In our forthcoming article, Regulating Ex Post: How Law Can Address the Inevitability of Financial Failure, 92 Texas Law Review (2013), we observe that, unlike many other areas of regulation, financial regulation operates in the context of a complex interdependent system. This, we argue, has implications for financial regulatory policy, especially the choice between ex ante regulation aimed at preventing financial failures and ex post regulation aimed at responding to those failures.
Our article begins by considering the nature of systems and the usefulness of systems analysis as a methodology for studying law. Law-related systems are systems in which the law is an integral element. The financial system can be viewed as a complex network in which financial firms interact directly and indirectly (through markets) against the background of legal rules.
There has been an exponential growth in interest in comparative company law in recent years. For example, in the period from 2002 to 2011, no fewer than ten monographs or edited collections were published exploring this new field of enquiry. The burgeoning literature was mirrored by an increase in University Postgraduate courses or programs in comparative company law and corporate governance. Moreover, the dissolution of trade barriers and mass cross-border capital flows engendered by the forces of competition and globalization have necessitated legal practitioners to be conversant with the company laws of jurisdictions other than their own.
In Mathias Siems and David Cabrelli (eds.), Comparative Company Law: A Case Based Approach, Hart Publishing, 2013 (publisher’s website; introduction on SSRN) we have aimed to fill an important gap in this field. Existing books on comparative company law tend to focus on the institutional structure of the corporation but this approach risks overlooking specific cases and how the issues arising from disputes are resolved in different jurisdictions. For example, topics related to directors’ liability, creditor protection and shareholders’ rights may best be understood by analyzing how selected hypothetical cases would be solved in different countries.
The paper, Towards a Legal Theory of Finance, develops the building blocks for a legal theory of finance (LTF). By placing law at the center of the analysis of financial systems LTF sheds light on the construction of financial markets, their interconnectedness and thus vulnerability to crisis, and situates power where law is elastic or suspended in the name of financial stability. LTF has four elements: It holds that modern financial markets are (1) rule-bound systems; (2) essentially hybrid; (3) beset by the law-finance paradox; (4) and in the last instance subject to discretionary rather than rule-bound actions.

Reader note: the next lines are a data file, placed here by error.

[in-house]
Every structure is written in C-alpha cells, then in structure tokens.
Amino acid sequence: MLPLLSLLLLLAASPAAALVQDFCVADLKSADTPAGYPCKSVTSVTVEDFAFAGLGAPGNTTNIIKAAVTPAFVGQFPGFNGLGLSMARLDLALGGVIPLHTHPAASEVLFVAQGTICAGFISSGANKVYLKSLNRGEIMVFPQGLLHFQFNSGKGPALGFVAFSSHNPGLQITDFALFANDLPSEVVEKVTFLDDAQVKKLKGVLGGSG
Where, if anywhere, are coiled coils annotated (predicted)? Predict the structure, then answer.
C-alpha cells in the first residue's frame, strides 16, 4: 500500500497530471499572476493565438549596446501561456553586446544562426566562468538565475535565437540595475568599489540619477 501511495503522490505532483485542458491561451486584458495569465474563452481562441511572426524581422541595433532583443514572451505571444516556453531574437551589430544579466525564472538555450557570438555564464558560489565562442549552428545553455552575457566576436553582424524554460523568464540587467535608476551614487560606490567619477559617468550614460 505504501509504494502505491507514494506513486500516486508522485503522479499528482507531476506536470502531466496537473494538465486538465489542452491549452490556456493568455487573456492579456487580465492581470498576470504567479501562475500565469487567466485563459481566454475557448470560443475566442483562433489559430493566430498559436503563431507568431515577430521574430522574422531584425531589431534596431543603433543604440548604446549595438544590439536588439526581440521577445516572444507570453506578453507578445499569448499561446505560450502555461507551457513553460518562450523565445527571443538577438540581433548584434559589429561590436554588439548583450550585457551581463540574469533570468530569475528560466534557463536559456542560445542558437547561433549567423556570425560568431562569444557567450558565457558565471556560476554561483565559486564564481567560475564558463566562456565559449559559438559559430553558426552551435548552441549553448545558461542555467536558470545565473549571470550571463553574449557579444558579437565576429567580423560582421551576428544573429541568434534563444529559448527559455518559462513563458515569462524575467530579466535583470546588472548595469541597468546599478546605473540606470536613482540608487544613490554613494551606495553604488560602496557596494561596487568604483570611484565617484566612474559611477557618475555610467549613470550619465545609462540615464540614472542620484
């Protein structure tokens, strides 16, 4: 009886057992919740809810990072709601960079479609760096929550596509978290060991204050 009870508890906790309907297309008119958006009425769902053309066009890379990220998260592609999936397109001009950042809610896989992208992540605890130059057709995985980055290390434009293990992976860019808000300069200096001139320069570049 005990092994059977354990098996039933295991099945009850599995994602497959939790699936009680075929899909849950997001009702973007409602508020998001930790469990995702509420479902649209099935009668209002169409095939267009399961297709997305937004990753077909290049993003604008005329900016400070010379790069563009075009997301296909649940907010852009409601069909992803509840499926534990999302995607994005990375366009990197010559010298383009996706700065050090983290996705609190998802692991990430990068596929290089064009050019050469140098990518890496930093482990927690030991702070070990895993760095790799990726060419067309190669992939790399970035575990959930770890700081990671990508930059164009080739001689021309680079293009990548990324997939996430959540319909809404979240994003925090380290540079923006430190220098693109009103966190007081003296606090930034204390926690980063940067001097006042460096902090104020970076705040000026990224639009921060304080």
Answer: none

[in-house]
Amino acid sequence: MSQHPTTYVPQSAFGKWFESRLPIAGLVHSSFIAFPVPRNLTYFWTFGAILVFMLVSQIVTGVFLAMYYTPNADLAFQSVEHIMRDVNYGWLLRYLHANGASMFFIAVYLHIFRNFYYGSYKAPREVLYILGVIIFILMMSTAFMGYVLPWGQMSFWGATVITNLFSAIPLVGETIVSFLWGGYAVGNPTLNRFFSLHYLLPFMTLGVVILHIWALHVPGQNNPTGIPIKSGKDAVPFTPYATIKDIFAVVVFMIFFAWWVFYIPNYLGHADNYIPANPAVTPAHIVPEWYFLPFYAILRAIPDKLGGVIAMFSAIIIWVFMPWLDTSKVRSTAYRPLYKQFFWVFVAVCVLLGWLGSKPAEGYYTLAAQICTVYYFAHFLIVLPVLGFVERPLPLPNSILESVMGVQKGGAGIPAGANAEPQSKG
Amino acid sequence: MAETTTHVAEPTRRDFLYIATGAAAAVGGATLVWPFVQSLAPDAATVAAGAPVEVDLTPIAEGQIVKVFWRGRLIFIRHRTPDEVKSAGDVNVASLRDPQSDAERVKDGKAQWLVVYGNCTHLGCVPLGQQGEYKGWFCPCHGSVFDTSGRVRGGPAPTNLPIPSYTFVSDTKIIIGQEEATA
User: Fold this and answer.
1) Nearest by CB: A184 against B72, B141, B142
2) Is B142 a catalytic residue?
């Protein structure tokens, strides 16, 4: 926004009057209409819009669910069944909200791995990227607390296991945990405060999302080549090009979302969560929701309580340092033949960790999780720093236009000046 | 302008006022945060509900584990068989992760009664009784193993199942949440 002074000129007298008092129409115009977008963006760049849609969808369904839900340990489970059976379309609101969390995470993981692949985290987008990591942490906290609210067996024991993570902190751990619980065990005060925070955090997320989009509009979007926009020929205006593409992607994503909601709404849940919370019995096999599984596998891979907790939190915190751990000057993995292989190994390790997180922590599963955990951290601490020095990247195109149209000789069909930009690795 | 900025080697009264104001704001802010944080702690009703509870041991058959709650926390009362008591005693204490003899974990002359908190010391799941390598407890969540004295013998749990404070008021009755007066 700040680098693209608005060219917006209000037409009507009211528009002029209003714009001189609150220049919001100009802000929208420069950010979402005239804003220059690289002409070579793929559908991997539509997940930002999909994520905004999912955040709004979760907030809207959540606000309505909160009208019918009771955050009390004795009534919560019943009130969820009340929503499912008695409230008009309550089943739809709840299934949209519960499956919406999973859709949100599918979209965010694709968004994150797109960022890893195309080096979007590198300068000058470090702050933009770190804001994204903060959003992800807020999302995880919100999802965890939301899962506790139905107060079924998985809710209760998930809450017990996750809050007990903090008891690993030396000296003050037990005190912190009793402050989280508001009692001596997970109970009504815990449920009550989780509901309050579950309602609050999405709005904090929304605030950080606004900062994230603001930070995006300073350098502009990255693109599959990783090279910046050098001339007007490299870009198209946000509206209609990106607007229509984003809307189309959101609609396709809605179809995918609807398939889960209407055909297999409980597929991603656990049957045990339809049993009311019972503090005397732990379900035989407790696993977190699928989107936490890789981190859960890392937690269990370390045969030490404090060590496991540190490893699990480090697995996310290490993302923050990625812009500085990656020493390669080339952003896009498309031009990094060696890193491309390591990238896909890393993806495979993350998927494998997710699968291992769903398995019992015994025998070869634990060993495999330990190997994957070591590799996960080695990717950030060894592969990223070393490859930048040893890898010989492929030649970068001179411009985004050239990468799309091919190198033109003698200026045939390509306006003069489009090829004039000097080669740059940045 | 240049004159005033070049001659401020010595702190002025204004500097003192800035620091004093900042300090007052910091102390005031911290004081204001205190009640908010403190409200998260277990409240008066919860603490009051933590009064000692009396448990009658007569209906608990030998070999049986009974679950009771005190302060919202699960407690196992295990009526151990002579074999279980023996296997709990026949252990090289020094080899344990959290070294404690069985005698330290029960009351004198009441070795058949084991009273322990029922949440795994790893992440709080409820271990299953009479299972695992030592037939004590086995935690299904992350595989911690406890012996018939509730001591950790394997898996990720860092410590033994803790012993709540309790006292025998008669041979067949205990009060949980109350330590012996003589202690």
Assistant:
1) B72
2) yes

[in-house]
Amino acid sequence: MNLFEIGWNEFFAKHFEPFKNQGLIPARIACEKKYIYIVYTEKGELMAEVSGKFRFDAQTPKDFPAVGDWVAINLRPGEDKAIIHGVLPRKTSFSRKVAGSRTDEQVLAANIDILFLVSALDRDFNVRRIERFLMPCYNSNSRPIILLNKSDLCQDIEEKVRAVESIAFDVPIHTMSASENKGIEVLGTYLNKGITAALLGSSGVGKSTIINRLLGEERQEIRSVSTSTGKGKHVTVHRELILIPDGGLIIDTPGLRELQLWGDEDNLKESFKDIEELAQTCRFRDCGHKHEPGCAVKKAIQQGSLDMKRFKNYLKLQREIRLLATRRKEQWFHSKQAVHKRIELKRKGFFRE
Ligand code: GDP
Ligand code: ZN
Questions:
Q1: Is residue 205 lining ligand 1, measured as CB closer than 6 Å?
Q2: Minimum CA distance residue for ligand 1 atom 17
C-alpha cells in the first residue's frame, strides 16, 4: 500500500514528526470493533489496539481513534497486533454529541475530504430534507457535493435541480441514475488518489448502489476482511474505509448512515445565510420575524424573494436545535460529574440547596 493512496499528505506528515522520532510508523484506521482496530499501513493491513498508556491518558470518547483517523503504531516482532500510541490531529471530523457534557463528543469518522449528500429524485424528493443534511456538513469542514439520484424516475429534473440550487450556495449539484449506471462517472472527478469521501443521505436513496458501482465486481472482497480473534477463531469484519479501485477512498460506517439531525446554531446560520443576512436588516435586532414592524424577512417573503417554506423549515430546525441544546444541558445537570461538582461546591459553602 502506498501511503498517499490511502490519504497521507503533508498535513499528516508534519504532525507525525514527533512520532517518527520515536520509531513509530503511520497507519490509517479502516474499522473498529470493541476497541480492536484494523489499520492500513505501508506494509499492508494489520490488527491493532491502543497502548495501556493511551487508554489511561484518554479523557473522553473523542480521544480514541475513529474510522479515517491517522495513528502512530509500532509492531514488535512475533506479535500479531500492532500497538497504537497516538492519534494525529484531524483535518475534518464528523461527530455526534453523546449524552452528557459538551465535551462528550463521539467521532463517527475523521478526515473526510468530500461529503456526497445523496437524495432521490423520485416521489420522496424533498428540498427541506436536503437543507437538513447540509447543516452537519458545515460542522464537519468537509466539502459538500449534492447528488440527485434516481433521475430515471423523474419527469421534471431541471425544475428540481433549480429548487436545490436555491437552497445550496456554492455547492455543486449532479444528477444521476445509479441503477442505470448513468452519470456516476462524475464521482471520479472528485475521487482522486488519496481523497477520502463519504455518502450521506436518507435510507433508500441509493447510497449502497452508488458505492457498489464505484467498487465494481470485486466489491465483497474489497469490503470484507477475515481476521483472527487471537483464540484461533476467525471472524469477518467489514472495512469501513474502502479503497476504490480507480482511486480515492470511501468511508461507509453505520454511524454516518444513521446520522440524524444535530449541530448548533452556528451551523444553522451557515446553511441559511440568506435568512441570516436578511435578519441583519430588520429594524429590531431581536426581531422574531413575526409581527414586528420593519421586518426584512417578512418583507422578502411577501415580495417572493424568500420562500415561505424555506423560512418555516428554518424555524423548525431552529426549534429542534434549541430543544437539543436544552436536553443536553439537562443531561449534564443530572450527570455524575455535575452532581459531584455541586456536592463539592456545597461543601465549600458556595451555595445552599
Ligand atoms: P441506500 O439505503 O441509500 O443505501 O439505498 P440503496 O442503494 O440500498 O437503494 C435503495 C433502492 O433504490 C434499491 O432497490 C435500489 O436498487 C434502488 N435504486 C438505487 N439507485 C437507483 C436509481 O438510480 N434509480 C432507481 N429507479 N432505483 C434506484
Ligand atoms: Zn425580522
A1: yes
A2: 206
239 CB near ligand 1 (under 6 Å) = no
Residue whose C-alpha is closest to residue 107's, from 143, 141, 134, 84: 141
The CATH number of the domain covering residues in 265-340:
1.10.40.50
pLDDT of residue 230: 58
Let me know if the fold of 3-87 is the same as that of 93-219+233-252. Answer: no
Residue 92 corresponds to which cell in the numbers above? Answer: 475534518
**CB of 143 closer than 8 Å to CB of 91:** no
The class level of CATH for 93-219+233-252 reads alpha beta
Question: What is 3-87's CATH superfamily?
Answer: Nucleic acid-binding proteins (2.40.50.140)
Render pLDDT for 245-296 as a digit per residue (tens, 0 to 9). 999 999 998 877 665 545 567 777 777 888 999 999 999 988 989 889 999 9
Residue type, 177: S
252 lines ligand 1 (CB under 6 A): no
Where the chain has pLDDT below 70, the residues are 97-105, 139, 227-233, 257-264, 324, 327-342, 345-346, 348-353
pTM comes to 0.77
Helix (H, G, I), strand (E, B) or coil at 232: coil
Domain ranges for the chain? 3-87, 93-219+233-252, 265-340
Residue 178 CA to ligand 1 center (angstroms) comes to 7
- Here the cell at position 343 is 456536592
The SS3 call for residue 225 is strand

Among the most important rights of shareholders is the right to elect and dismiss directors. While the election of directors usually garners a lot of attention among scholars and policymakers, the same cannot be said of the right to dismiss directors, even though it is at least of equal concern. In my paper, Europe’s Ius Commune on Director Revocability, which was recently made available on SSRN, I explore the neglected topic of the latitude of shareholder meetings to remove directors of public companies over time and across several jurisdictions in Europe and the United States. The specific question relates to whether the law mandatorily prescribes that shareholders have the right to remove directors at will, and whether common principles can be distilled at a regional or international level.
In the paper, Law and Financial Development: What We Are Learning from Time-Series Evidence, which was recently made publicly available on SSRN, my co-authors (Simon Deakin at the University of Cambridge; Viviana Mollica at Queen Mary University of London; and Mathias Siems at the University of East Anglia) and I explore the empirical evidence regarding the legal origins hypothesis. It is widely believed that legal institutions matter for financial development. According to the ‘legal origins’ hypothesis developed by La Porta et al. and their collaborators, legal systems vary considerably in the way they regulate economic activity. A principal cause of this diversity is the role played by the different legal traditions or ‘origins’ of the common and civil law (La Porta et al., 2008). It is argued that countries whose legal systems have a common law origin emphasize freedom of contract and the protection of private property, whereas those with civil law roots favor an activist role for the state. These legal differences seem to have tangible economic effects. Common law systems have been found to have more dispersed share ownership (La Porta et al., 1999), more liquid and extensive capital markets (La Porta et al., 1998), and more highly developed systems of private credit, than civilian ones. In part through the Doing Business reports of the World Bank, these findings have come to influence policy reform in ‘dozens of countries’ over the past decade (La Porta et al., 2008:326). Reforms to corporate and bankruptcy law have seen a strengthening of shareholder and creditor rights, particularly the former.